Whether you’re a fan of compelling Tool songs, or merely appreciate mathematical beauty, you might be into the spirals defined by the Fibonacci sequence. [RuddK5] used the Fibonacci curve as the inspiration for this fun clock build.
The intention of the clock is not to display the exact time, but to give a more organic feel of time, via a rough representation of minutes and hours. A strip of addressable LEDs is charged with display duty. The description is vague, but it appears that the 24 LEDs light up over time to show the amount of the day that has already passed by. The LEDs are wound up in the shape of a Fibonacci spiral with the help of a 3D printed case, and is run via a Wemos D1 microcontroller board.
It’s a fun build, and one that we can imagine would scale beautifully into a larger wall-hanging clock design if so desired. It at once could display the time, without making it immediately obvious, gradually shifting the lighting display as the day goes on.
We’ve seen other clocks rely on the mathematics of Fibonacci before, too. If you’ve cooked up your own fun clock build, don’t hesitate to let us know!
If you’ve ever read up on the basics of cryptography, you’ll be aware of steganography, the practice of hiding something inside something else. It’s a process that works with digital photographs and is the subject of an article by [Aryan Ebrahimpour]. It describes the process at a high level that’s easy to understand for non-maths-wizards. We’re sure Hackaday readers have plenty of their own ideas after reading it.
The process relies on the eye’s inability to see small changes at the LSB level to each pixel. In short, small changes in colour or brightness across an image are imperceptible to the naked eye but readable from the raw file with no problems. Thus the bits of a smaller bitmap can be placed in the LSB of each byte in a larger one, and the viewer is none the wiser.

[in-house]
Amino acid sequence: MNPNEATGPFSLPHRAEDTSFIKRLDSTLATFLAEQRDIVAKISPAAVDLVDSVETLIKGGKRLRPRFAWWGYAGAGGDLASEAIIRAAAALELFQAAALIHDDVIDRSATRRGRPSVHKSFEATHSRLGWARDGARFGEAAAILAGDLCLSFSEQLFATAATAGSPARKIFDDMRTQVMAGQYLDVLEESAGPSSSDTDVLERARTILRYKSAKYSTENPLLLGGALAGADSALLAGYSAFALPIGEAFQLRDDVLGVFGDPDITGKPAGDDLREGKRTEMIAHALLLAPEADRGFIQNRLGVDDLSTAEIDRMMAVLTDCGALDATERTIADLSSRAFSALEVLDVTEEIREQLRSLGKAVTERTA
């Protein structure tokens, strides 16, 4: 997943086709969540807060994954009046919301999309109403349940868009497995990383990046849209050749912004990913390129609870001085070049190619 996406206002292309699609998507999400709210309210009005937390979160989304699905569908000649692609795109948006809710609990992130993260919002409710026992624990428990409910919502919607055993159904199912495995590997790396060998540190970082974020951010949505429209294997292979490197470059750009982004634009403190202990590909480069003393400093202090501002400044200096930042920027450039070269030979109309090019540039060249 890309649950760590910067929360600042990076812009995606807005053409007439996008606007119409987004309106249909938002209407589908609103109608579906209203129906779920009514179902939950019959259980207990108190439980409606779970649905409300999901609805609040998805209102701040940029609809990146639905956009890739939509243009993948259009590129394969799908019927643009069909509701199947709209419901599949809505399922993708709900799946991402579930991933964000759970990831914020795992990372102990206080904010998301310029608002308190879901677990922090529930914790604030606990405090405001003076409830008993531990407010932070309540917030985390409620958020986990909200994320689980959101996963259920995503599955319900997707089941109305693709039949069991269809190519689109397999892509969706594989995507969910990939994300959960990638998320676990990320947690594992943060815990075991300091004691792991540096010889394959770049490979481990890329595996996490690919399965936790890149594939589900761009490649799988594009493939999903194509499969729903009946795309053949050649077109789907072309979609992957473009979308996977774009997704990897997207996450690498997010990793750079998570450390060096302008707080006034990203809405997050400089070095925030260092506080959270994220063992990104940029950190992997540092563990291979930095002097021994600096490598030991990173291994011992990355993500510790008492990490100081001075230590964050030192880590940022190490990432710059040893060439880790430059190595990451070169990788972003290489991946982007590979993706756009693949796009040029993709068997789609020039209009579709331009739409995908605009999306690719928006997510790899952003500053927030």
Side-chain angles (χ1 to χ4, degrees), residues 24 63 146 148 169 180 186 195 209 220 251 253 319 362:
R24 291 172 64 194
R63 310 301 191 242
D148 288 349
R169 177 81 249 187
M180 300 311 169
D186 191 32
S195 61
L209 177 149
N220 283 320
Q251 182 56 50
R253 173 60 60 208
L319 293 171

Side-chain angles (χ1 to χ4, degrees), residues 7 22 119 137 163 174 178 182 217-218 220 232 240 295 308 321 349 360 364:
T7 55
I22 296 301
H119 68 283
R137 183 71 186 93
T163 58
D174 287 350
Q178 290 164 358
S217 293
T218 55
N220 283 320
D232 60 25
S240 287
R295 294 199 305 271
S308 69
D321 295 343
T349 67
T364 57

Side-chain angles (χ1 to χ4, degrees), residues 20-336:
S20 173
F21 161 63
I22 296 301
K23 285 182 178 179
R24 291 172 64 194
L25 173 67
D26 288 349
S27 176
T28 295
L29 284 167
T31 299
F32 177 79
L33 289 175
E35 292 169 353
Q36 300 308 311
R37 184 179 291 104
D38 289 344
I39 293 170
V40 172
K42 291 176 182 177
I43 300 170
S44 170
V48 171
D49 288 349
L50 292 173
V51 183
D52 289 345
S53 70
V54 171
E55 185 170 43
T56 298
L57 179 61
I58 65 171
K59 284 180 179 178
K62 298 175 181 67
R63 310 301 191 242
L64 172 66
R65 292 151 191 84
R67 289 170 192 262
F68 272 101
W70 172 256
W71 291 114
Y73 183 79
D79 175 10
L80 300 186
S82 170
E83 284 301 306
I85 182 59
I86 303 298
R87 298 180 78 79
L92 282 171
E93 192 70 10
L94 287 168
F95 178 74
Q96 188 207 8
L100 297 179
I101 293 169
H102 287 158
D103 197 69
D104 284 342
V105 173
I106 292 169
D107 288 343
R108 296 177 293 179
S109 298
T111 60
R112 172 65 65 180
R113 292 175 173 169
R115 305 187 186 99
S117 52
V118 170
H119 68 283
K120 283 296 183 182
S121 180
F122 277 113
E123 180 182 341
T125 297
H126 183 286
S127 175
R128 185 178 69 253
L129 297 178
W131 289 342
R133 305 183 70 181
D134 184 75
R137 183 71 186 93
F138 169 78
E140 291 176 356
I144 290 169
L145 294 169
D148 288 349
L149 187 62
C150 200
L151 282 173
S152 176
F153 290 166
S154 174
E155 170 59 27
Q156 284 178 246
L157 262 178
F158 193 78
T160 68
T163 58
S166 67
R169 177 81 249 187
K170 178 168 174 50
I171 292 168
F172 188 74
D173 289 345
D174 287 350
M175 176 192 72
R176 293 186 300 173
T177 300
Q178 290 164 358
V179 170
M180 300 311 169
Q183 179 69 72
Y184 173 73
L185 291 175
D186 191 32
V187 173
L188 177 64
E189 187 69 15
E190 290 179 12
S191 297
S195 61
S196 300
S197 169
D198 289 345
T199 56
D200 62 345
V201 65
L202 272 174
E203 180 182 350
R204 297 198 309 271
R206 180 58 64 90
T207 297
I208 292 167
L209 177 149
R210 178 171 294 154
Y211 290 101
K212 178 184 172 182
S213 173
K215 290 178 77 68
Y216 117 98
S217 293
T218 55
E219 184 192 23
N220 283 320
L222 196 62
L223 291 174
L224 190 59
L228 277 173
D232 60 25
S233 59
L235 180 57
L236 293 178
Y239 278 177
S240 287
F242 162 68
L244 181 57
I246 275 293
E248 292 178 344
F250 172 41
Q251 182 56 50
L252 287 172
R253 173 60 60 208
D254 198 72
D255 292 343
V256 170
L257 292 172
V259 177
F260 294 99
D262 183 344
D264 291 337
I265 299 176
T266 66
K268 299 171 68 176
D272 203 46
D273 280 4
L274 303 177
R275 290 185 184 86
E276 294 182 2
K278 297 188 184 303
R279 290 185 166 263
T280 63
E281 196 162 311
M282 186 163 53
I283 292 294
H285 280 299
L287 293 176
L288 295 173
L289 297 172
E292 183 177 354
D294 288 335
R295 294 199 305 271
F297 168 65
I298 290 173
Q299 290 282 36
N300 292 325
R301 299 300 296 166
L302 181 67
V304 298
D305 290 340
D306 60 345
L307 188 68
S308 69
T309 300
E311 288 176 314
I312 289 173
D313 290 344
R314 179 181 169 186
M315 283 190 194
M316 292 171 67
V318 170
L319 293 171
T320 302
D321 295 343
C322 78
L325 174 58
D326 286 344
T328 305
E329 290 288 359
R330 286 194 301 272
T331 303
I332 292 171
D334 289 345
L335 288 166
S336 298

We’re guessing that the increased noise in the image data would be detectable through mathematical analysis, but this should be enough to provide some fun. If you’d like a closer look, there’s even some code to play with. Meanwhile as we’re on the topic, this isn’t the first time Hackaday have touched on steganography.
What is a hacker, if not somebody who comes up with solutions that other just don’t see? All the pieces may be in place, but it takes that one special person to view the pieces as greater than the sum of their parts. As [Chris Staecker] explains in the video below the break, Henri Genaille was one such person.
When French mathematician Edouard Lucas (himself well known for calculating the longest prime number found by hand) posed a mathematical problem at the French Academy, a French railway engineer named Henri Genaille developed the rods we’re discussing now.
Genaille’s Rods are designed to perform multiplication. But rather than require computation by the user, the rods would simply need to be laid out in the correct order. The solution could readily be found by just following the lines in the correct pattern. This might sound a lot like cheating, and that’s exactly what it is. No manual math needed to be done. Genaille also created rods for doing long division, which we’re sure were every bit as enthralling as the multiplication rods. Demonstrations of both are included in the video below.